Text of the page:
To Thomas B. Wait

    Philadelphia        19 January 1792

    My friend

    Yours of the 3d inst. with one inclosed from our friend [George] Peirson, came to hand the evening before last; And inclosed is an answer to his, by which you will see we have embarked—but where we shall land is a fact, where it ought to be, among the uncertainties of mercantile calculation.1 I have a strong faith, however, that nothing worse will befall us than being thrown upon some Rock, where our Lives will be safe—and having our hands & feet, as Rouseau sais, we shall find no difficulty in supporting ourselves.2 Health, honesty and perseverance are all the attributes necessary to acquire a good Living in any part of America.

    As to the part of your Letter relative to the post I can say nothing that is encouraging to your and hundreds of our friends wishes. Upon this particular subject I have wrote much and to many; as well as done all in my power, & I believe that was as much as any other man let him be who he may, could have done, had he been in my situation. Note my vanity—

    In writing upon this subject I have argued with my correspondents on principles that admited their claims were rational, whereas to you I shall hereafter speak more fully & freely. I am so unwilling to create a certain kind There is a certain kind of painful sensation, which I am so unwilling to create to the feelings of some people, that in many instances, I had rather suffer an unjust imputation myself, than, by doing myself real justice, expose the comparative futility of their pretentions. I would not have you think I am complaining for I am not—I am only making an observation that results naturally from circumstances within my knowledge.

    Should you suspect me of boasting, when I say neither you, or any other person in any part of our District can even suggest an argument or reason for extending the mail, that the general principles of Legislation will admit to have weight, and which I have not contemplated in every possible view, you wrong me—This whole subject has long been open before me; and I have pondered it well—Vanity again—Good—I can easily account for your judgment; and this always satisfies me—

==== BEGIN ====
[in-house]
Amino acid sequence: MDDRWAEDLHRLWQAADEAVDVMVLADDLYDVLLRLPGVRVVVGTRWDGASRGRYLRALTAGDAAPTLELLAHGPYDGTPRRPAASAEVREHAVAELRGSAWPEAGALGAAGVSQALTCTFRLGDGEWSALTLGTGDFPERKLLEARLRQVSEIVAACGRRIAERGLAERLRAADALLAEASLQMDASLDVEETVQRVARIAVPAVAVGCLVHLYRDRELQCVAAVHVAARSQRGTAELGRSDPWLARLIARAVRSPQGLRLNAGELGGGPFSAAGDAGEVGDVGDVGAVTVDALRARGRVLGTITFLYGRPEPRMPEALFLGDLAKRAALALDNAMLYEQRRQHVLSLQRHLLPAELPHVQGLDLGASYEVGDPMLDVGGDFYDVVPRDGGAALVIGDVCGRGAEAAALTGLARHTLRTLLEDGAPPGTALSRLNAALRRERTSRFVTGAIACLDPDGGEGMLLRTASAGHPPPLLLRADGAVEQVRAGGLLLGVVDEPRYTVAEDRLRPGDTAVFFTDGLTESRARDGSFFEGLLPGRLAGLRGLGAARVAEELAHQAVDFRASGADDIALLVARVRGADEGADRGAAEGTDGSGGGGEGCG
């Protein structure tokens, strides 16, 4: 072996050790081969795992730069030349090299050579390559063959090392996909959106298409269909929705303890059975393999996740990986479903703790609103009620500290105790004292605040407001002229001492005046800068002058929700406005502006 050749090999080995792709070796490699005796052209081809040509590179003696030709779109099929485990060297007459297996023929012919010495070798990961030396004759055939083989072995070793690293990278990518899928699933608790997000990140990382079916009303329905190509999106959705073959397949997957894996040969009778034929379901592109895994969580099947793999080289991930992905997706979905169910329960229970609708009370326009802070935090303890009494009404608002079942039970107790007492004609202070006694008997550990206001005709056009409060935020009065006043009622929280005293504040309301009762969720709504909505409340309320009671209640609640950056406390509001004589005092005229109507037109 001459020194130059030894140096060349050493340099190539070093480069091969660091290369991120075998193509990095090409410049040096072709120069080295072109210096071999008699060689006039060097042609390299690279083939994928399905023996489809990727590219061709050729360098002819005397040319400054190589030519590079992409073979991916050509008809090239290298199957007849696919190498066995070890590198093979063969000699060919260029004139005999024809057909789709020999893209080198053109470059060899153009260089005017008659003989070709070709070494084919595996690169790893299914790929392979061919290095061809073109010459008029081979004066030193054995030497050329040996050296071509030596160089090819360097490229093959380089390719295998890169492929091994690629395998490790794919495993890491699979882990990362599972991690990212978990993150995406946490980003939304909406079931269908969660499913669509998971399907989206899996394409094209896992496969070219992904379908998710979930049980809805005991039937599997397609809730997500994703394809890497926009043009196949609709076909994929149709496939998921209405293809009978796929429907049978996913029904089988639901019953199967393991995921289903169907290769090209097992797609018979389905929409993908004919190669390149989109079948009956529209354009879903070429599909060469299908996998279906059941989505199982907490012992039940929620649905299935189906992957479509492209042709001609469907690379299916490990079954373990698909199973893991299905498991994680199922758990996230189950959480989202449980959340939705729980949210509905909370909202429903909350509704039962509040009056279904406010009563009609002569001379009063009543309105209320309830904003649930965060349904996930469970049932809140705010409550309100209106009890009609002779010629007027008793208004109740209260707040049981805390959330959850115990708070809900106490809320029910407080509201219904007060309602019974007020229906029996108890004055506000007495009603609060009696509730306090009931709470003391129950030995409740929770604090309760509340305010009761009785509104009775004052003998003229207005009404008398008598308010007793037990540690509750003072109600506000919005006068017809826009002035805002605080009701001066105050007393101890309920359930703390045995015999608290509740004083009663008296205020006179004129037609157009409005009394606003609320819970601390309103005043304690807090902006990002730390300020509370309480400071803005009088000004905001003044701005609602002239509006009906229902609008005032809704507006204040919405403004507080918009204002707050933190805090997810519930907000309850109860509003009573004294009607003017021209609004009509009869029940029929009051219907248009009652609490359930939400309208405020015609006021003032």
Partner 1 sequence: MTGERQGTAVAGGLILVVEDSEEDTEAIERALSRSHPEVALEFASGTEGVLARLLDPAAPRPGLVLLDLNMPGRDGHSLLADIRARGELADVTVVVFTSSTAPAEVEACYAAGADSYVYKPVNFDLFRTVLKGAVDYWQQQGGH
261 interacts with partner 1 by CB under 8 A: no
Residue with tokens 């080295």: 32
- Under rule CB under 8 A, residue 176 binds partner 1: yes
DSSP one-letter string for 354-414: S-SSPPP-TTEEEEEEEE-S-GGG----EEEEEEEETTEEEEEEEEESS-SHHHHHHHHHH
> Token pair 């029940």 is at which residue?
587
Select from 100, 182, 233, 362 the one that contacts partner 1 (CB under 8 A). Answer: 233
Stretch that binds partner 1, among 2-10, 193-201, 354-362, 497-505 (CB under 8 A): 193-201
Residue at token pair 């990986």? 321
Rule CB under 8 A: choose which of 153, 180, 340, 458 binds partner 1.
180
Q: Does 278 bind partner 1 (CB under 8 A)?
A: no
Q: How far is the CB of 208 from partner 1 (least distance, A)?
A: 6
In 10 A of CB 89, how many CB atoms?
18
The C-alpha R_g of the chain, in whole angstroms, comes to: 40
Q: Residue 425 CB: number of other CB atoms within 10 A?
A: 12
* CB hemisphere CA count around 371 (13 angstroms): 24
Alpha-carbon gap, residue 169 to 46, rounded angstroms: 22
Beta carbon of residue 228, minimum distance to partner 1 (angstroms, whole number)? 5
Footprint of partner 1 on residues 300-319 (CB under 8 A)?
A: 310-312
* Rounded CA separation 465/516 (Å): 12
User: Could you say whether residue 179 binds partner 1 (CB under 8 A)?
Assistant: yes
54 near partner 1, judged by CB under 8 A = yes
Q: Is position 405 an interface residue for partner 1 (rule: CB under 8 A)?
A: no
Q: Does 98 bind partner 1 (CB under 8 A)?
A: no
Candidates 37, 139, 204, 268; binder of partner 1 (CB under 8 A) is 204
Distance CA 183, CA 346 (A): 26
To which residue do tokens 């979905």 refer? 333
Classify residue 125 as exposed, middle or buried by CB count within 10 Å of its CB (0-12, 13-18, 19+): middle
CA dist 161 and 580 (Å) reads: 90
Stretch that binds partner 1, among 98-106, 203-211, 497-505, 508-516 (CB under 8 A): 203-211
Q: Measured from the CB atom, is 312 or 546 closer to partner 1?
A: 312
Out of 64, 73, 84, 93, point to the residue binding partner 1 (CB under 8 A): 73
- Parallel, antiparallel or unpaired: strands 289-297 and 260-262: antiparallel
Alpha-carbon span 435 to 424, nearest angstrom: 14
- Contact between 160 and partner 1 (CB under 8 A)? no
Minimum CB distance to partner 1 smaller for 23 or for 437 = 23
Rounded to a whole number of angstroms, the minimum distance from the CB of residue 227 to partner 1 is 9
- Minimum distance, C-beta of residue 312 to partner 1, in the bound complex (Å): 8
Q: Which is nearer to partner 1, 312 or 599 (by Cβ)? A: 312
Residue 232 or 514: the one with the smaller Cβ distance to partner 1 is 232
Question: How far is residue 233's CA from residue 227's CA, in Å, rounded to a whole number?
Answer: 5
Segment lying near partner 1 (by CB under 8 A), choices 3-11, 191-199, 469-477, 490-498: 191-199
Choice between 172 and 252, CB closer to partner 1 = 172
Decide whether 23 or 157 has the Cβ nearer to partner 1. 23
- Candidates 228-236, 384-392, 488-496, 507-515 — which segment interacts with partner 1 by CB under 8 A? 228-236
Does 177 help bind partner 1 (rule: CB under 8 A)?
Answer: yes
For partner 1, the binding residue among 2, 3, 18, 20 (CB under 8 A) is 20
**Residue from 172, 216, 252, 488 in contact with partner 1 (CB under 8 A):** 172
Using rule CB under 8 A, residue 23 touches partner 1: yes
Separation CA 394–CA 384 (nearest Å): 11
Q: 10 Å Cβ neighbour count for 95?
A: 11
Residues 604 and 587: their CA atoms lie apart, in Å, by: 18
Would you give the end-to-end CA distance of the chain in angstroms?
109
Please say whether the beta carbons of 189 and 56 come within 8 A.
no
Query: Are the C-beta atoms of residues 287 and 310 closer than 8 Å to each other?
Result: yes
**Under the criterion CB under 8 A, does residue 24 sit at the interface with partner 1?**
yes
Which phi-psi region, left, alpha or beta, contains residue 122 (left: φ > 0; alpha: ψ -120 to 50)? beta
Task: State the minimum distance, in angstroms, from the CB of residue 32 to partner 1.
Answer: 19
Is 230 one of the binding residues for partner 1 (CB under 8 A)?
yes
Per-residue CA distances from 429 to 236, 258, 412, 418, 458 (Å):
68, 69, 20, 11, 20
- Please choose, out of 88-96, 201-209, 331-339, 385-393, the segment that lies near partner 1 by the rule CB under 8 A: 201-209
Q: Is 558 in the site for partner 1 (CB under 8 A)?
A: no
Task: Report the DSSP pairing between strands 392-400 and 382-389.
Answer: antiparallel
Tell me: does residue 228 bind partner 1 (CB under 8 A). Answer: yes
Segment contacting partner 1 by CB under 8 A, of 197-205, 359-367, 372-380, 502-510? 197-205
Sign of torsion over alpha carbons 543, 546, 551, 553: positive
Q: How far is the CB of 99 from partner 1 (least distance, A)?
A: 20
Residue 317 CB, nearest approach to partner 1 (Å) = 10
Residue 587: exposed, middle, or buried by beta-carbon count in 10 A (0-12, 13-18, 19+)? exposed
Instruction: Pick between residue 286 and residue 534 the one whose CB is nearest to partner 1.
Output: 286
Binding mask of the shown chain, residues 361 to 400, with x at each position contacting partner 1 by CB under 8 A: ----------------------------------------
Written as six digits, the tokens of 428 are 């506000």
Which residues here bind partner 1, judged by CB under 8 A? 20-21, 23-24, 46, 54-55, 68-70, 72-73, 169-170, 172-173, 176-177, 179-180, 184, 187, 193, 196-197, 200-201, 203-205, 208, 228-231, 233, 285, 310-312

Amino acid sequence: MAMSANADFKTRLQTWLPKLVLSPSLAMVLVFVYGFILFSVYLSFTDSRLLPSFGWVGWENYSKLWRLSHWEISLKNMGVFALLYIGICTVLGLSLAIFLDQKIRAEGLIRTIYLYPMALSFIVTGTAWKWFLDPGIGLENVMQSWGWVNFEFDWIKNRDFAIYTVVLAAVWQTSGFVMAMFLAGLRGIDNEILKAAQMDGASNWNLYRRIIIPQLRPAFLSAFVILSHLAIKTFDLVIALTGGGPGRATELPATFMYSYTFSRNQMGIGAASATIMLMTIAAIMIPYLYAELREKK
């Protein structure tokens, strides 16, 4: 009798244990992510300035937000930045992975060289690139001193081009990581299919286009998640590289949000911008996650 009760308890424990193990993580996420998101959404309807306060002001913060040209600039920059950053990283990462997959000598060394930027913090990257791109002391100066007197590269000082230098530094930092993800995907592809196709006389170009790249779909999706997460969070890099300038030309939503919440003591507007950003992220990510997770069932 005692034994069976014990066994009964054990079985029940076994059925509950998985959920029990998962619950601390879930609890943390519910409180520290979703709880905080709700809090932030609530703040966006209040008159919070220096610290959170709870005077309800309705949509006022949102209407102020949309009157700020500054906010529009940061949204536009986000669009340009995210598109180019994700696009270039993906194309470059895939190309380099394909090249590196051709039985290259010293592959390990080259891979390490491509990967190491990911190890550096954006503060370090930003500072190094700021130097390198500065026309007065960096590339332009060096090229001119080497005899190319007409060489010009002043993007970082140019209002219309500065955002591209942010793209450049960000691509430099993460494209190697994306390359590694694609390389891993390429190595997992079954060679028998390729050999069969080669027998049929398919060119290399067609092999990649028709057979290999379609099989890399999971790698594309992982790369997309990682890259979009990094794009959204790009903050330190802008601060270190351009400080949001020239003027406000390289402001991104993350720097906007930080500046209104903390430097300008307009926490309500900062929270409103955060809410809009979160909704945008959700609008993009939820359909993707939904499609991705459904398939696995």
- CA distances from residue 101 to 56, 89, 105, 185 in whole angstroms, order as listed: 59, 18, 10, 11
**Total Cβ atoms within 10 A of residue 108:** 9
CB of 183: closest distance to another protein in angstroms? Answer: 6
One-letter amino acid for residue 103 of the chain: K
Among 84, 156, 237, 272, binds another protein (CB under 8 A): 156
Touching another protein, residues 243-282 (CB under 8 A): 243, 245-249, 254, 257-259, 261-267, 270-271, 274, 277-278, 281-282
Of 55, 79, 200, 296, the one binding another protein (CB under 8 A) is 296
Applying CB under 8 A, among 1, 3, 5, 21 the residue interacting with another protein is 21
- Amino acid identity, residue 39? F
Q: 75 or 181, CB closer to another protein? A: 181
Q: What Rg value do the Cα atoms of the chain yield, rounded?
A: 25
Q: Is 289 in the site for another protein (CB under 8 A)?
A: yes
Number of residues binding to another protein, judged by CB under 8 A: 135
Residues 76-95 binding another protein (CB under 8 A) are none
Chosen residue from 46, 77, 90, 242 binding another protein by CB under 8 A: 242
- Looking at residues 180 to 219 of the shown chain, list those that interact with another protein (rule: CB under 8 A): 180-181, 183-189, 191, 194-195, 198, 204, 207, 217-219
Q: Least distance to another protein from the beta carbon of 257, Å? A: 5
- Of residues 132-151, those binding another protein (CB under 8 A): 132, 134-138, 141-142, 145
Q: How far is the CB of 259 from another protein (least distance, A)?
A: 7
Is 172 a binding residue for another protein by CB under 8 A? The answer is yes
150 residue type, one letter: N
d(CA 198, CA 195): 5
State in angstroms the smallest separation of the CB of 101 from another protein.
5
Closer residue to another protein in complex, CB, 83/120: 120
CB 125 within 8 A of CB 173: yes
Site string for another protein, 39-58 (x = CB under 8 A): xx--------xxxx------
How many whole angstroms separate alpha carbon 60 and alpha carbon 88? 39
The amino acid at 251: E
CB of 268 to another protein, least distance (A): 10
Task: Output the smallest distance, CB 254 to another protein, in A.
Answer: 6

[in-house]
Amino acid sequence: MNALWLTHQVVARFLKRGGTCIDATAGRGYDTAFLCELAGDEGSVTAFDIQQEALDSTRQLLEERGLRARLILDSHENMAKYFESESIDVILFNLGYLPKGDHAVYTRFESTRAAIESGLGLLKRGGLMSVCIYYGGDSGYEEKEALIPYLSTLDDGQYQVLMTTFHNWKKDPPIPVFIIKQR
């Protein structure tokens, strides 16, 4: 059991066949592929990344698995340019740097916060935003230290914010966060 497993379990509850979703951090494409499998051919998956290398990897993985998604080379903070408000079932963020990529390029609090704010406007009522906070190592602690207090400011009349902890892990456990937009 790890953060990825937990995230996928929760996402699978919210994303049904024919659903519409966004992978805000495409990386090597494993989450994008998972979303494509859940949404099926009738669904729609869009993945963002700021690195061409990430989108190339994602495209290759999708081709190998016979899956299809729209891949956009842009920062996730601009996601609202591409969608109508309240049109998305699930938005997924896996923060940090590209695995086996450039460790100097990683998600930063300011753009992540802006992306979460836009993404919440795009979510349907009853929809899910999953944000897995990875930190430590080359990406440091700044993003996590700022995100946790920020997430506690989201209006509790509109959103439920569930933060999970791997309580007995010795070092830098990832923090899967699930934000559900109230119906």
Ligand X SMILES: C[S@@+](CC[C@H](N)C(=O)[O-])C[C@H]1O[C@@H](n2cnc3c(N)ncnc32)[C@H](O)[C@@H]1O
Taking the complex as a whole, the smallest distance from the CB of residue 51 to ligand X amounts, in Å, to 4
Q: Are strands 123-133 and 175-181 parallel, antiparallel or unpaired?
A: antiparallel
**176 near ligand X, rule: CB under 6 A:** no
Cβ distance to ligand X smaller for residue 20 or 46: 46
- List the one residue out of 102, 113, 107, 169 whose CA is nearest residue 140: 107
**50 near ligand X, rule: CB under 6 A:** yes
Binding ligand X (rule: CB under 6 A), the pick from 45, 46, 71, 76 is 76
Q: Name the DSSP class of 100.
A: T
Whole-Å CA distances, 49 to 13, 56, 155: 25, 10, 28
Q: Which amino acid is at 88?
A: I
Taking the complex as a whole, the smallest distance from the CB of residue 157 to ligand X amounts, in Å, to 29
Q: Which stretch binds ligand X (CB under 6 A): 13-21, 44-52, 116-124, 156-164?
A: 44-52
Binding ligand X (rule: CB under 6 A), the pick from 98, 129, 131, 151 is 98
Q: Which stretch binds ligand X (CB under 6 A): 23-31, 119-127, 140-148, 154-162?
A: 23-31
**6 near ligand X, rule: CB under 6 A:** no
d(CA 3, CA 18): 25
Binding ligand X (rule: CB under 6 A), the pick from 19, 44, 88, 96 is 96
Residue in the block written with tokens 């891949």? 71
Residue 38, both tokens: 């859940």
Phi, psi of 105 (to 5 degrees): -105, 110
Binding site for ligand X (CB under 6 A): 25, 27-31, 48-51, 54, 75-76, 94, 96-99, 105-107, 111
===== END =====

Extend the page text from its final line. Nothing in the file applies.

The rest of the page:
At present the Laws of the United States are published by authority at Boston, New-York, Philadelphia, Richmond & Charlestown (S.C.). This arrangement leaves a number of districts of Territory, as well as whole States, that have equal, if not stronger claims to this priviledge than Maine—Hence what you and I both wish for is not, simply to know whether it be best that the Laws shall be published, by authority, in Maine—but it resolves itself into a general question—shall they be published, by authority, in every district that has the same claims that Maine has? Again it would be wrong for me to advocate an extention of the mail to Gloucester, Hollowell & Penobscot, & yet oppose its being carried to all other places having equal claims. The general question then occurs, is it, at this time, prudent or even practicable, to construct the post office upon such principles as to extend the mail to every place through the United States having the same pretentions with those just mentioned?

    In spight of all our abstractions from local views & personal motives a degree of partially to ourselves, our friends, town, county, district and State will adhere to us; and tis best it should be so: it is the result of a most excellent general Law of our nature—And it is better that certain unwarrantable degrees of prejudice and contractedness of mind, upon some particular subjects, take place, than to have been made without this principle.

    Congress have, for several days past, been engaged on measures relative to the Western country; but as the doors have been shut I cannot tell what the measures are, or any thing about them3

    I am, my dear Sir, yours &c

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    FC, TFP